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Public Radio's Environmental News Magazine (follow us on Google News)

Genetics and the Environment

Air Date: Week of

Professor Michael Skinner in his lab at Washington State University. (Michael Skinner)

There’s been a paradigm shift in the field of genetics. Instead of relying solely on DNA and inheritance, the field of epigenetics now demonstrates how environmental factors can also determine diseases in our future, and in our children and grandchildren’s future. Host Bruce Gellerman talks with epigeneticist Michael Skinner, a professor at Washington State University.


GELLERMAN: A failed laboratory experiment led to an accidental discovery that is changing the way we understand genetics. It happened in Professor Michael Skinner’s lab at Washington State University. Skinner was studying DNA—the genetic code of life…when he found, by chance, that environmental factors can change the way our genes work for generations far into the future, without damaging the DNA. Professor Skinner is what’s called an epigeneticist and he joins me from Pullman, Washington. Welcome to Living on Earth.

SKINNER: Thank you very much.

GELLERMAN: So, Professor, I looked it up and ‘epi’ is Greek for ‘on or around’ and genetics means ‘source or origins.’ So epigenetics – around the source, yeah?

SKINNER: Correct. So epigenetics would be things around DNA that regulate DNA activity but are independent of DNA sequence, thus, epigenetic.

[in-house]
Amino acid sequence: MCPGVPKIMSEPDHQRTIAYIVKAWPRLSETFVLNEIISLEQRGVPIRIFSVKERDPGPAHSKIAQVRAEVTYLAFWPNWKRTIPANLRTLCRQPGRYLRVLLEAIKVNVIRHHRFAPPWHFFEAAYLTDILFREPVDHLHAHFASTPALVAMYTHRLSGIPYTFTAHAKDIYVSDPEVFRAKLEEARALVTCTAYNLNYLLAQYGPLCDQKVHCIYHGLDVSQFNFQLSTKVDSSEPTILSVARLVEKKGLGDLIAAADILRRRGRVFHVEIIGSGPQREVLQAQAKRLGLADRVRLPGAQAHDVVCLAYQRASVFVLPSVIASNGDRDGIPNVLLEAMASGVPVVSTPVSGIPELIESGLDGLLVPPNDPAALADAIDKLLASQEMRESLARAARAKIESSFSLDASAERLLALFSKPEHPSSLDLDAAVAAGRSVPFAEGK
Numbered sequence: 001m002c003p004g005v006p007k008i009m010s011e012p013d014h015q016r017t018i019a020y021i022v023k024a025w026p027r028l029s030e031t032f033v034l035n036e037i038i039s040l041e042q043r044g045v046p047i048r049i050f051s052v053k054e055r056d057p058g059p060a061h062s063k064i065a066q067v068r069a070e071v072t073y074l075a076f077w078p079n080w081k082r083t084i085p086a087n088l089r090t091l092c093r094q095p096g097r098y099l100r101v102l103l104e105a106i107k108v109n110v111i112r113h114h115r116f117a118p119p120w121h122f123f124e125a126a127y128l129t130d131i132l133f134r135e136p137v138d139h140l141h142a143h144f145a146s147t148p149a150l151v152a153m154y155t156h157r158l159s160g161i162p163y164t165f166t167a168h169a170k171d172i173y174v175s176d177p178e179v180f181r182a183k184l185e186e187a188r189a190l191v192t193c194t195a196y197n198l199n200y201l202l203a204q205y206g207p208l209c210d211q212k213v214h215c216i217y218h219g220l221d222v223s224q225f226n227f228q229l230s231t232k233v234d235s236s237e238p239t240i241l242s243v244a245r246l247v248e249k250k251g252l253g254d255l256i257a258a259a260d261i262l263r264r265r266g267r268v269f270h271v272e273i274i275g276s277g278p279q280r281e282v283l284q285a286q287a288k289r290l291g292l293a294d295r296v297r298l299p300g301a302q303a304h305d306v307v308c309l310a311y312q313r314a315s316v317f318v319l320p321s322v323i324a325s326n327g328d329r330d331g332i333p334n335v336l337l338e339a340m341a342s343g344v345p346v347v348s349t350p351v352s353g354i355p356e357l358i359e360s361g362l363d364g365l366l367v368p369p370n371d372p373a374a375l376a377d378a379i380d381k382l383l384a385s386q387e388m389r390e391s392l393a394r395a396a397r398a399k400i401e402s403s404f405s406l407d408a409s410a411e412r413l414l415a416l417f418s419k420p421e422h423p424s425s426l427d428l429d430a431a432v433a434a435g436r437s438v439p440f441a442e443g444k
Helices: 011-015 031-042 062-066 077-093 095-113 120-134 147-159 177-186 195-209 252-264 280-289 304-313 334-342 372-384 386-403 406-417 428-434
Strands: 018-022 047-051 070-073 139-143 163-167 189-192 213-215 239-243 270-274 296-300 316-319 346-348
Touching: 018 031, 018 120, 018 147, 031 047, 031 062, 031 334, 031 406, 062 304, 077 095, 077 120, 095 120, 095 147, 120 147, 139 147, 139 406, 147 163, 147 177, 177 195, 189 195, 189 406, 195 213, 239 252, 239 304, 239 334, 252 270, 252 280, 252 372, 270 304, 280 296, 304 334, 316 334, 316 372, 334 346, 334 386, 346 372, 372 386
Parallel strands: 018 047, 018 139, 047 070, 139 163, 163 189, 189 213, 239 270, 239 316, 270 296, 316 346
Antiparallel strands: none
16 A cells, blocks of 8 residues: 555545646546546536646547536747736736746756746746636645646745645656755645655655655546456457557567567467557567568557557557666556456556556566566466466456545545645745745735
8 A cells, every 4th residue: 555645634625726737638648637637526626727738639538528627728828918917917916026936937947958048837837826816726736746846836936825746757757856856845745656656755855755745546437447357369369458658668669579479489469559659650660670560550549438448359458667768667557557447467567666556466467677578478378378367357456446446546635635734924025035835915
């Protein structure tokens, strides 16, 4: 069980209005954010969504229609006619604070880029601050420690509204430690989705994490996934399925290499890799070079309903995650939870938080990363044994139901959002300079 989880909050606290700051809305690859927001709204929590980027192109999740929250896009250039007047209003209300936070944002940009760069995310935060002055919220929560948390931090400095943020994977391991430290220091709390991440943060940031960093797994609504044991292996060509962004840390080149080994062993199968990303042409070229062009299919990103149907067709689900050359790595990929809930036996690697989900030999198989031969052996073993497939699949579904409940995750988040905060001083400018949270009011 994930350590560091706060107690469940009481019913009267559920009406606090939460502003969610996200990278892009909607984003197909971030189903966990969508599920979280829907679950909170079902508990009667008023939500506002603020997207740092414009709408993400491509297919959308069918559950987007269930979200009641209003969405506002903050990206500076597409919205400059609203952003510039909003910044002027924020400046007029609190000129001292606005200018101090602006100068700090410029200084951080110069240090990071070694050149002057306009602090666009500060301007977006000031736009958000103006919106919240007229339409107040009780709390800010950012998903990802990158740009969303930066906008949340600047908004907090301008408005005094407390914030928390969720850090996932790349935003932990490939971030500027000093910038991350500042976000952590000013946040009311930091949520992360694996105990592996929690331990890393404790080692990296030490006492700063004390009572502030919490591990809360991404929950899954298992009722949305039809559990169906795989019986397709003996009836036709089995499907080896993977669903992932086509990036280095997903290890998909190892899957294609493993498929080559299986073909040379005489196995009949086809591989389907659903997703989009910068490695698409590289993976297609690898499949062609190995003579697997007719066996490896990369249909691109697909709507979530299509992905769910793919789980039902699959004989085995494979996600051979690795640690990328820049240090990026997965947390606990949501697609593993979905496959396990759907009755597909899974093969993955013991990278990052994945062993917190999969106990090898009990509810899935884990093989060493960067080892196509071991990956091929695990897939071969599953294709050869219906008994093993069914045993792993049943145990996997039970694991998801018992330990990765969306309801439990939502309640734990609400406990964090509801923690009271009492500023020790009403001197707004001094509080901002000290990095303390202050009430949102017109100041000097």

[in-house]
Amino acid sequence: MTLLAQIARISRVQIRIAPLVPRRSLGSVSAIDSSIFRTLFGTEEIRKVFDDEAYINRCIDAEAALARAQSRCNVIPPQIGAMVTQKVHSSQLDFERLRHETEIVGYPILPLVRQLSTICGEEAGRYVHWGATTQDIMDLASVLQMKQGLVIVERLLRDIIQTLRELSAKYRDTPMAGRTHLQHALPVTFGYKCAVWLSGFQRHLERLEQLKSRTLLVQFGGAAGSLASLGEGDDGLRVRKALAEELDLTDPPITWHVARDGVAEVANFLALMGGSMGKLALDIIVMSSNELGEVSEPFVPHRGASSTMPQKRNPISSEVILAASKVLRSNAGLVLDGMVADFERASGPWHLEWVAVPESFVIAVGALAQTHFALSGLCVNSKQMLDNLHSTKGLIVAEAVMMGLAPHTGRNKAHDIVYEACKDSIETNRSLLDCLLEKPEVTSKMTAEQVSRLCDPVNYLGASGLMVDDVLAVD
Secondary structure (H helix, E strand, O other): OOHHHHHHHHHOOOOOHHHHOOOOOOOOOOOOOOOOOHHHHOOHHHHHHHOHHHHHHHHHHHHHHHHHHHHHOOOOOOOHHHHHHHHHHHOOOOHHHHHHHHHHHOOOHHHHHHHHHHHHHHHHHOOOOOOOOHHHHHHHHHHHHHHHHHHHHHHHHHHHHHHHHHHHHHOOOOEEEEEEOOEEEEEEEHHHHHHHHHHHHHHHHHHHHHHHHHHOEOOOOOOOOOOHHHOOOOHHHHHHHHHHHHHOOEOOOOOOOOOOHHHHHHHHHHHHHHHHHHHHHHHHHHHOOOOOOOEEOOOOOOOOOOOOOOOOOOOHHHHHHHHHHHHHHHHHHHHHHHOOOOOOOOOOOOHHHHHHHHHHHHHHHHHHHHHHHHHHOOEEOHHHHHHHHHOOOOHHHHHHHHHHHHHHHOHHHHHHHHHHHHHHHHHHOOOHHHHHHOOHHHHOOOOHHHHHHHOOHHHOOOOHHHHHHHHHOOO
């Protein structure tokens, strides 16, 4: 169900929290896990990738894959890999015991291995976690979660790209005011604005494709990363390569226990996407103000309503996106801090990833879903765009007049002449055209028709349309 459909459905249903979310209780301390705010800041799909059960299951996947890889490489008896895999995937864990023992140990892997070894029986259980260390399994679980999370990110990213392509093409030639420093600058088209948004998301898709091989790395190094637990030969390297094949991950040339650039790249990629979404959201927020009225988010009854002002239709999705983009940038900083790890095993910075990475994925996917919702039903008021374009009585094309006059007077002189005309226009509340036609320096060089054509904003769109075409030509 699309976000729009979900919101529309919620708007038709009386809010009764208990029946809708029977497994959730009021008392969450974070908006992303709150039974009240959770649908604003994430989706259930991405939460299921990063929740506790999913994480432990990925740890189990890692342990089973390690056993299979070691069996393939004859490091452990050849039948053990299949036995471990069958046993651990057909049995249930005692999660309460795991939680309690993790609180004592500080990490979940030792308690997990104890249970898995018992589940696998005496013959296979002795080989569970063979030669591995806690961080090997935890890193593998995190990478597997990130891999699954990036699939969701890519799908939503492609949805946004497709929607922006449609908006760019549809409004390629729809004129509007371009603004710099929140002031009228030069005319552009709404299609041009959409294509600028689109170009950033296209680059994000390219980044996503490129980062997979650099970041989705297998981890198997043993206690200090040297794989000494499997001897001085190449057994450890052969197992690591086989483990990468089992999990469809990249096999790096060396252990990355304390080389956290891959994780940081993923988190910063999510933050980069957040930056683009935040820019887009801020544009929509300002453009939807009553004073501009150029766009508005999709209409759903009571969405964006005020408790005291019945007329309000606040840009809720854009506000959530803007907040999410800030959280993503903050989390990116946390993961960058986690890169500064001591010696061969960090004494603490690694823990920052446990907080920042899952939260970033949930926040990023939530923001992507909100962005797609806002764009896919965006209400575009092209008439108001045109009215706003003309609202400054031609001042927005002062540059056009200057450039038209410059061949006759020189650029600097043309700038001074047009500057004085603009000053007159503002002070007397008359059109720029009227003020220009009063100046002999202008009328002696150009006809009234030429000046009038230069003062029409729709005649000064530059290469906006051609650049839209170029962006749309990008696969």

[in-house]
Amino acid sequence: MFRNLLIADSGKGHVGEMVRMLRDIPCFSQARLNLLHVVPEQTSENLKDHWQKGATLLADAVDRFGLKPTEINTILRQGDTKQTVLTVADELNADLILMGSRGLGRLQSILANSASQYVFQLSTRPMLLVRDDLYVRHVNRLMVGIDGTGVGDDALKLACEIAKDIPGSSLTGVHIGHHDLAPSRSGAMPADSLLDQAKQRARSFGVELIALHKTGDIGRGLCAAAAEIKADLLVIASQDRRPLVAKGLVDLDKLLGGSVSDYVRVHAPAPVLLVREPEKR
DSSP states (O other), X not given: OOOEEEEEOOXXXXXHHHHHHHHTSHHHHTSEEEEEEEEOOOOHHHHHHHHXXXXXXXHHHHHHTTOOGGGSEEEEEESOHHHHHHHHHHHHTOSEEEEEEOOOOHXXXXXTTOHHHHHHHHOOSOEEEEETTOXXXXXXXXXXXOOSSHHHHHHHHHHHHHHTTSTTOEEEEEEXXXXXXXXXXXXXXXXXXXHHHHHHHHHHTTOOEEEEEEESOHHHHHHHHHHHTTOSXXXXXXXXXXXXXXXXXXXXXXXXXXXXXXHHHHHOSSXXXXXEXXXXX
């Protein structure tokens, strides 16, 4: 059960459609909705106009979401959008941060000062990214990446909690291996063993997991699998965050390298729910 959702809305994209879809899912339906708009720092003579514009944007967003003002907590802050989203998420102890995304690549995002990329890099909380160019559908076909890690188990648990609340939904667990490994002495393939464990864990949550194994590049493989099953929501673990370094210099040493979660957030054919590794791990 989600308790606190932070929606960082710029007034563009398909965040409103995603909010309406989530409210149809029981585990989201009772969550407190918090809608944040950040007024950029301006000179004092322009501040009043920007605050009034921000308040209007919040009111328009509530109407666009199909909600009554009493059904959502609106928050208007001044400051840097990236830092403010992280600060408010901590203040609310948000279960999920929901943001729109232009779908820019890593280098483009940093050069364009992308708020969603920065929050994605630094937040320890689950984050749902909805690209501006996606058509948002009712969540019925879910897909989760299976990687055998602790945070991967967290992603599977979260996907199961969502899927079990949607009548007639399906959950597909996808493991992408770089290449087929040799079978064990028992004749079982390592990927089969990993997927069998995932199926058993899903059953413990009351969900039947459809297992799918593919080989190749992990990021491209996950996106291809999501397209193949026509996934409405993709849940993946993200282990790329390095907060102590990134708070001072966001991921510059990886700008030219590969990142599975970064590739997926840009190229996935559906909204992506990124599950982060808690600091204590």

GELLERMAN: So, something’s gumming up the switch, it’s not destroying the DNA.

SKINNER: Correct, correct. And so basically, sometimes it’s the structure of the DNA, how tightly it’s coiled, or loosened up, that can actually change what genes are turned on and off. And the thing that we study the most is the chemical modification of the DNA, called methylation. A small chemical gets put on the DNA, and that can also regulate what genes are turned on and off. All of this can be influenced by the environment, has nothing to do with changing the DNA sequence.

GELLERMAN: So tell me about you experiment, what did you do?

SKINNER: So we were studying early embryonic development and the process of sex-determination- so whether you get a male or a female. And, so what we did is we exposed animals, at the time of sex determination- to a couple of environmental compounds that are commonly in the environment- one was a heavily used fungicide in agriculture and one was a heavily used pesticide. And what we found was that we did not change sex determination. So, the experiment that we did for the purpose we did it actually failed.

However, we did see an interesting observation that the offspring, the embryos that were exposed, as they became adults, developed a high rate of disease. And then there was an accident in the lab and actually one of the fellows bred those animals to make the next generation- so this would be the grandchildren of the mother that was exposed during gestation- and they also had the high level of disease. So we followed that up and took it out four generations, and had the same high level of disease onset. And, it turns out the only way that that can happen is through an epigenetic-type-process.

GELLERMAN: And, you know for a fact that you weren’t damaging the DNA or the gene?

Professor Michael Skinner in his lab at Washington State University. (Michael Skinner)